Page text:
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It's Not Just Training
Three Ways to Improve Learning and Motivation

by James A. DeSena, CSP, MBA

Every time you have an employee training session, you send a message. You want that message to be one that reinforces the importance of the employee's job to your company.

When people conduct training sessions, they generally do it to help people learn new knowledge or skills. Clearly, that is a primary goal of the session. But, when you bring
people together at a training session, you have a much greater opportunity.
If the person felt valued, they contributed. If they weren't treated the way they felt they were supposed to treat the customers, they weren't happy.

1. I suggest my clients have a top-level executive kick off the training session. Just the presence of an executive lets people know that you place a great deal of importance on the training. You realize how much of a commitment of time it is for the individual and the company and you want people to give it the undivided attention it deserves. Following are suggested points that an executive could cover in his or her introductory remarks.

Suggested points for introductory remarks for the ________ training session.

  • Thank them for coming.

  • Let them know you have been through the session and highly recommend it. (If you have.) (A common question is always, "Has management been through this?")

  • Let them know why you think this training will be helpful.

  • Tell them why this training is important to them now.

  • Encourage them to be open to any feedback they may receive.

  • Let them know we will be looking for examples of improved skills back on the job.

2. You ultimately want to let people know how their job fits into the bigger picture, how it benefits your company and your customers.

With one client I worked with, a transit system, the session was on customer service. It
was intended to give people an improved set of skills for handling difficult customer situations. In the introduction, to set the tone, I discussed how this transit system transported 250,000 people each day, a quarter of a million people. That is more than the population of many
cities. These employees didn't just provide a ride; they allowed people to get to work and
earn a living. The thousands of businesses that depended on them know that their employees can get to work reliably, conveniently and inexpensively. The system allows students to get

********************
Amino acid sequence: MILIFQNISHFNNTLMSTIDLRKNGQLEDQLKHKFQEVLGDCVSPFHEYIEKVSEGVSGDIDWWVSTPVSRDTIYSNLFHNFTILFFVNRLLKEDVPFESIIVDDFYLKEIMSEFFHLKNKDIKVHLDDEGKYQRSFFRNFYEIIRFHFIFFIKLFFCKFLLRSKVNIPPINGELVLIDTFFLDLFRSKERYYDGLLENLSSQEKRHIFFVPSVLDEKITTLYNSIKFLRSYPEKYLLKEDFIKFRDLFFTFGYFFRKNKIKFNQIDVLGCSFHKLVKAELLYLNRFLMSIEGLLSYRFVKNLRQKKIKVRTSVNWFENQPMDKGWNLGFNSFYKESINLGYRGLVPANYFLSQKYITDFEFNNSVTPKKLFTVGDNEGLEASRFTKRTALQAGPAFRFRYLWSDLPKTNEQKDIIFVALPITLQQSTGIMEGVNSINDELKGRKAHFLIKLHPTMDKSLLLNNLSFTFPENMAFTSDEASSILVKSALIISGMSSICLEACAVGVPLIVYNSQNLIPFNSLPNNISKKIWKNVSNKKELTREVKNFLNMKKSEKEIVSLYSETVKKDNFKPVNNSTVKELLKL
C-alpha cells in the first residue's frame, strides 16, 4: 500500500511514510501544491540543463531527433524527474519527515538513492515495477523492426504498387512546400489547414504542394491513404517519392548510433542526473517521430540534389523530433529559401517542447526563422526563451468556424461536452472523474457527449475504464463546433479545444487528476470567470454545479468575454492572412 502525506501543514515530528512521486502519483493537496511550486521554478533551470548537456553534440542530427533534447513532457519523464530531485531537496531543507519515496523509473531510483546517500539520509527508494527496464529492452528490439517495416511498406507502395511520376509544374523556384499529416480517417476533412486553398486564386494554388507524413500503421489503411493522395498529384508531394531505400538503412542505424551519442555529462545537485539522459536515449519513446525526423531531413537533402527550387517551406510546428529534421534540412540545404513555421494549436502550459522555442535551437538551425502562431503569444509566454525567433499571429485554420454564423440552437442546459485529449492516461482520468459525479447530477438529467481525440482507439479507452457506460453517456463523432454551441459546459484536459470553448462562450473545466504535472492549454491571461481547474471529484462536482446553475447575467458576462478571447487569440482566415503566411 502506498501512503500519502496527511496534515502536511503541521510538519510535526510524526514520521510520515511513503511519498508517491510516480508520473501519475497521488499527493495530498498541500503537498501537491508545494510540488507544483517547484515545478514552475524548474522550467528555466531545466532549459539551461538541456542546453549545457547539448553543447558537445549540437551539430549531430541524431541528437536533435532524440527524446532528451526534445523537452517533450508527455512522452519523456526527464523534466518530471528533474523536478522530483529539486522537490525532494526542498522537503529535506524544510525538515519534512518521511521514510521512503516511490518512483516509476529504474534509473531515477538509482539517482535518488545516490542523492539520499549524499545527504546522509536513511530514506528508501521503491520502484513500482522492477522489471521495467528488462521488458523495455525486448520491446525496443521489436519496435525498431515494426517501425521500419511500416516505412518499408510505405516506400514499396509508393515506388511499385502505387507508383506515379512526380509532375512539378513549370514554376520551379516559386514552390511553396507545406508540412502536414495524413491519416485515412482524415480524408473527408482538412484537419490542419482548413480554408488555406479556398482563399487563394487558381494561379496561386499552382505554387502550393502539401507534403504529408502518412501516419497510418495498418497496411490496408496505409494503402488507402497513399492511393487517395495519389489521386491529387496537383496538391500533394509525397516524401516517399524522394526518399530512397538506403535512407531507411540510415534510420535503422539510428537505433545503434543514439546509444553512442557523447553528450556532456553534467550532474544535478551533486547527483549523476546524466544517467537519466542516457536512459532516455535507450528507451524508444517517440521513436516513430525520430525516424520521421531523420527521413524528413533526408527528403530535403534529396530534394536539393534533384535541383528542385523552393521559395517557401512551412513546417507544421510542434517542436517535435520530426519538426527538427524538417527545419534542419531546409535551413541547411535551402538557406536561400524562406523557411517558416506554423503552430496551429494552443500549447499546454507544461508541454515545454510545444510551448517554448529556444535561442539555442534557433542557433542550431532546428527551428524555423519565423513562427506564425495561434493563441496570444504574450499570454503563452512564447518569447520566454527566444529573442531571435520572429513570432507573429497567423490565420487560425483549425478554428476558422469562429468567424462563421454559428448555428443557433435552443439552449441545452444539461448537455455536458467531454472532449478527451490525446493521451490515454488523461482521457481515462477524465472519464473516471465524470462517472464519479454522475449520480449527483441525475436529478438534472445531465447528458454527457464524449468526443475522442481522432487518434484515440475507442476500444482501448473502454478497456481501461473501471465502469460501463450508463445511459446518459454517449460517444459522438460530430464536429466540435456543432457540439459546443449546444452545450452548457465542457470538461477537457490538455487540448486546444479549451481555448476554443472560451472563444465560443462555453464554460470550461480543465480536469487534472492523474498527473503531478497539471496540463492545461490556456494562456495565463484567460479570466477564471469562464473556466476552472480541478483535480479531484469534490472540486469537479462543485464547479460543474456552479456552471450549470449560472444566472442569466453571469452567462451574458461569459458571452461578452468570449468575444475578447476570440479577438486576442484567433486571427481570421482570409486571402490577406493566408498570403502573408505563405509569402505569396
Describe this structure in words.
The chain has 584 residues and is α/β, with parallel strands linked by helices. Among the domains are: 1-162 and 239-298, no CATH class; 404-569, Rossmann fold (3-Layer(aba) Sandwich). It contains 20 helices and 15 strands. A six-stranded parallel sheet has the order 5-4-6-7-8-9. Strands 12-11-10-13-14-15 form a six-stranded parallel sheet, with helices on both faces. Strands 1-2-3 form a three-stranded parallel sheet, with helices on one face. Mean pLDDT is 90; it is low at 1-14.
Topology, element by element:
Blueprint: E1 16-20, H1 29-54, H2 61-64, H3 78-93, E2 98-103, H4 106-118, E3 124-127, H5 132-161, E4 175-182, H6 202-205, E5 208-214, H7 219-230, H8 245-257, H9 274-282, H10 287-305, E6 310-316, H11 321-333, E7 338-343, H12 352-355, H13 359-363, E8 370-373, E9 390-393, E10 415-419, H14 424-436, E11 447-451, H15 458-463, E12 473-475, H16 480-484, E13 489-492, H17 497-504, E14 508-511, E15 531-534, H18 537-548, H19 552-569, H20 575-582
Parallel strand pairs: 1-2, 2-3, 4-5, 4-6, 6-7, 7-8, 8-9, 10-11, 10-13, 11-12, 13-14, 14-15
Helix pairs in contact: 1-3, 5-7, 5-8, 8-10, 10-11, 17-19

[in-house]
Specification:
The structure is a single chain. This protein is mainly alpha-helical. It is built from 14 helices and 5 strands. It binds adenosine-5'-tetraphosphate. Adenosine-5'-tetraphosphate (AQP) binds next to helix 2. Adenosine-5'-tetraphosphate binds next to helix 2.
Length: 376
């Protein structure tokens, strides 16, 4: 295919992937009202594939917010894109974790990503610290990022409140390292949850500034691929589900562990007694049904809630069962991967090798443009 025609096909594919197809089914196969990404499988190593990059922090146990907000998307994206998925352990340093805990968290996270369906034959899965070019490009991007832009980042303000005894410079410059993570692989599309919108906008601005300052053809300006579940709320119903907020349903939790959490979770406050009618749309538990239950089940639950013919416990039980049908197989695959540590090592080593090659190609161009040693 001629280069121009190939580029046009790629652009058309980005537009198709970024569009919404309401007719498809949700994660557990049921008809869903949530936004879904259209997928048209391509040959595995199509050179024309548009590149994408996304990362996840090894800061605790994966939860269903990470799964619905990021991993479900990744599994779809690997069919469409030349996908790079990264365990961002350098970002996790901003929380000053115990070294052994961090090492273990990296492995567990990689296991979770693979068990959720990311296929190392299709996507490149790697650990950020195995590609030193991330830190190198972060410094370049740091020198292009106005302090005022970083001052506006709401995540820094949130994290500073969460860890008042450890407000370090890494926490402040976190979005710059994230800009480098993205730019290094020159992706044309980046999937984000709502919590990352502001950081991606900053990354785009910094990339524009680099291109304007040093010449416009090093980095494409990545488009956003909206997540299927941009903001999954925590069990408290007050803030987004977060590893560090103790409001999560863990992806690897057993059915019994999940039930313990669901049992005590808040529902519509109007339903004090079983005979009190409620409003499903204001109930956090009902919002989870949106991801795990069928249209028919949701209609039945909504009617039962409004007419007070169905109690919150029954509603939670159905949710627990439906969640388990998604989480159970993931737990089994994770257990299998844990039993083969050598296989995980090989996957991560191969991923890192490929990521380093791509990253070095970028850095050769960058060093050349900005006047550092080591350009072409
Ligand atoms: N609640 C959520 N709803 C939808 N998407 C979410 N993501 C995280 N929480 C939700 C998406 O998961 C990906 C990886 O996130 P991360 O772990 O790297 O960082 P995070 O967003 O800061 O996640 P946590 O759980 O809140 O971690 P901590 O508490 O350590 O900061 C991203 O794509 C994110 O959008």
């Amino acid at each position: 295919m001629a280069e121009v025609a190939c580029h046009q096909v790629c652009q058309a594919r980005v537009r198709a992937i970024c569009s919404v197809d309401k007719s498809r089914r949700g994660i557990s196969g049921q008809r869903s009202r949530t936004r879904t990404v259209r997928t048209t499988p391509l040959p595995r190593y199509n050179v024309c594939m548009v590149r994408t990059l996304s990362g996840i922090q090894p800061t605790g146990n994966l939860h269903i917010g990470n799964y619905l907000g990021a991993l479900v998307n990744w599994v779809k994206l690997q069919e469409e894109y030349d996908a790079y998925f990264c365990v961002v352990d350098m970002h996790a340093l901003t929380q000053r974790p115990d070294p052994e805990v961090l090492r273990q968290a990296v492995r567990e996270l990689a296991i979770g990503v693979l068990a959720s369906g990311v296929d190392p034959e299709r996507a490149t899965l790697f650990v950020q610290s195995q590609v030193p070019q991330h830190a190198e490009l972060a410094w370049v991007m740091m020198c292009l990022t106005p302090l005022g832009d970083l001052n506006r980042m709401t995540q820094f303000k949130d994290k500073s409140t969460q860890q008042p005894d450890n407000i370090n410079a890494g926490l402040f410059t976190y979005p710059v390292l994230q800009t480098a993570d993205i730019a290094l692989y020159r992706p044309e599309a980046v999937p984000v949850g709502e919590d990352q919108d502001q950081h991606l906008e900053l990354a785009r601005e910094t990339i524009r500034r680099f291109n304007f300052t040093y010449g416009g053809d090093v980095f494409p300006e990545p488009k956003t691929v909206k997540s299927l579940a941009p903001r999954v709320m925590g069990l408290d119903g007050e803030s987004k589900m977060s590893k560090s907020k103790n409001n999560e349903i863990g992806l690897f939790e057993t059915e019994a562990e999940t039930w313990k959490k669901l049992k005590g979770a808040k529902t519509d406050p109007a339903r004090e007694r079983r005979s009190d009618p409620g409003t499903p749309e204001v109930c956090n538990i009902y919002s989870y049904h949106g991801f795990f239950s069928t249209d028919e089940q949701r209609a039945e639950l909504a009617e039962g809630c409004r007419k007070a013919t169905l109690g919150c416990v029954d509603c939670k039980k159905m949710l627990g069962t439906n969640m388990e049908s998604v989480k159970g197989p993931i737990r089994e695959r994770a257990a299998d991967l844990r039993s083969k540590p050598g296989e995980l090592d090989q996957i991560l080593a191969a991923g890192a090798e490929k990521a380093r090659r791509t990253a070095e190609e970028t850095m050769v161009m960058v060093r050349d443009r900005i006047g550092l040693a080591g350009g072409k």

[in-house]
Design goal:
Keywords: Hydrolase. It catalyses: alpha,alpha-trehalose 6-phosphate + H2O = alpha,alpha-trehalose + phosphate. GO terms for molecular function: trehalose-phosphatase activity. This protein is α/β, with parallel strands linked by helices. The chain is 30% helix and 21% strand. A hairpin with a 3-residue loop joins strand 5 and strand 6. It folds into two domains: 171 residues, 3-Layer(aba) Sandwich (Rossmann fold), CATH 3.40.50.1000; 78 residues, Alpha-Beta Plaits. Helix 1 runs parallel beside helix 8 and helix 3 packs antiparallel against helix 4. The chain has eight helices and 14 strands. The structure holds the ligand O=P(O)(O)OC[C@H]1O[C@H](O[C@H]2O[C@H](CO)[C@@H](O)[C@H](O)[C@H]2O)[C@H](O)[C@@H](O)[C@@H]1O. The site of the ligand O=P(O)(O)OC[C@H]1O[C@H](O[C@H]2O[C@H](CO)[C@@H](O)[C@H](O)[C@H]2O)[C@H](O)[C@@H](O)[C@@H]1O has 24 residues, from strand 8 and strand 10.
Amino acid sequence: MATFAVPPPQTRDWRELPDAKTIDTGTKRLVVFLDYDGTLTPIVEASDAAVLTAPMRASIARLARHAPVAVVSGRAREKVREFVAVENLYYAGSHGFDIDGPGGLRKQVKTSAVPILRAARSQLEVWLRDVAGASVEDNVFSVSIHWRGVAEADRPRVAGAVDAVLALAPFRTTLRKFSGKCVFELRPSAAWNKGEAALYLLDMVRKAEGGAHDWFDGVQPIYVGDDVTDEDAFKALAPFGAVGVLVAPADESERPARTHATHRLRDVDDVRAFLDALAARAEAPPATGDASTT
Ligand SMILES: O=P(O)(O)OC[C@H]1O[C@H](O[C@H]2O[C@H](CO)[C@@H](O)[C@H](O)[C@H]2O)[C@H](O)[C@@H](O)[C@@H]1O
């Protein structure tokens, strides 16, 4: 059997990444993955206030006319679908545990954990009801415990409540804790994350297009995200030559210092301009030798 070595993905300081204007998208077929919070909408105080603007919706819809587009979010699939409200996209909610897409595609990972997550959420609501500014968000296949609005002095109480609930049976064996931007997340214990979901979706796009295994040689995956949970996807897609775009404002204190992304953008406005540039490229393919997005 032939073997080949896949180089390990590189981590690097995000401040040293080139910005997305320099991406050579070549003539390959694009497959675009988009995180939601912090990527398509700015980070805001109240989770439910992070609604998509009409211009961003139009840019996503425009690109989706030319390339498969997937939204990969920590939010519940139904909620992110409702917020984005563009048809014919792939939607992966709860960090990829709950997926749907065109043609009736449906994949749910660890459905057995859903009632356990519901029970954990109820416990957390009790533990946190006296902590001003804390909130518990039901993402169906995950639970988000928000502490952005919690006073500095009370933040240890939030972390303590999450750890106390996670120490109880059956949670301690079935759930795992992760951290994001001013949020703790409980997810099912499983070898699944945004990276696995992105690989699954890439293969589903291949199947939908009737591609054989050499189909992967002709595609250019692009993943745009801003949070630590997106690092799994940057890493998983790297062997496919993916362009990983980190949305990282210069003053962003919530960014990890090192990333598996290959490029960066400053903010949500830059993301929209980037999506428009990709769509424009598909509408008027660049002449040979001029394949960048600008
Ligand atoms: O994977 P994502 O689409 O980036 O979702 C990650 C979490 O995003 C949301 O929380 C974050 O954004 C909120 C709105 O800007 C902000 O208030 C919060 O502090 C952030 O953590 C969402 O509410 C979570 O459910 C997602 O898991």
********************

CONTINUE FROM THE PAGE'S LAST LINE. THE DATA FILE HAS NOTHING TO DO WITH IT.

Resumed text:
an education.

When participants realized just how important their jobs were, they were much more open
to thinking about what they could do differently. Too many times at training sessions, there
is a tremendous amount of resistance because people are sent to it, the implication being
that something is wrong with what they are doing. We wanted to make sure it was clear that the reason they were there wasn't because something was wrong. It was because we wanted them to look for small ways to improve the already high level of service they were providing to customers. (This company had won two awards for outstanding customer service.)

As a result, even when there was high resistance by some of the participants, we were able
to win over many of them. By the way, the reason there was resistance was not because of some inherent problem with the training. It was usually because of how the individual was treated by his or her supervisor. If the person felt valued, they contributed. If they weren't treated the way they felt they were supposed to treat the customers, they weren't happy.
This is a situation that management can correct through training or the reward system.

3.  Take care with the logistics.

If you can, hold the session off site. If you can't, try to arrange it so there will be as few distractions and interruptions as possible.

Use an adequately sized room. I still remember a session where the client had under-
estimated the number of people who would be in the session, so the room was packed and
the air conditioning didn't hold up to the size of the crowd. Everyone was uncomfortable. It wasn't a conducive learning environment.

Small creature comforts can make a big difference. People love food. If your budget permits, have coffee, soda, fruit or pastries.

Make sure the room isn't disorganized: old presentation materials lying about, extra chairs,
left over papers taped to the wall, etc.

Proactively ask for everyone's cooperation with cell phones, being back from breaks on time and for participation.

Jim DeSena is a speaker and consultant to industry. Jim specializes in working with sales leaders, providing seminars, speeches and planning retreats. For additional free information,
call 800-4321-WIN.  (c)2001 2001

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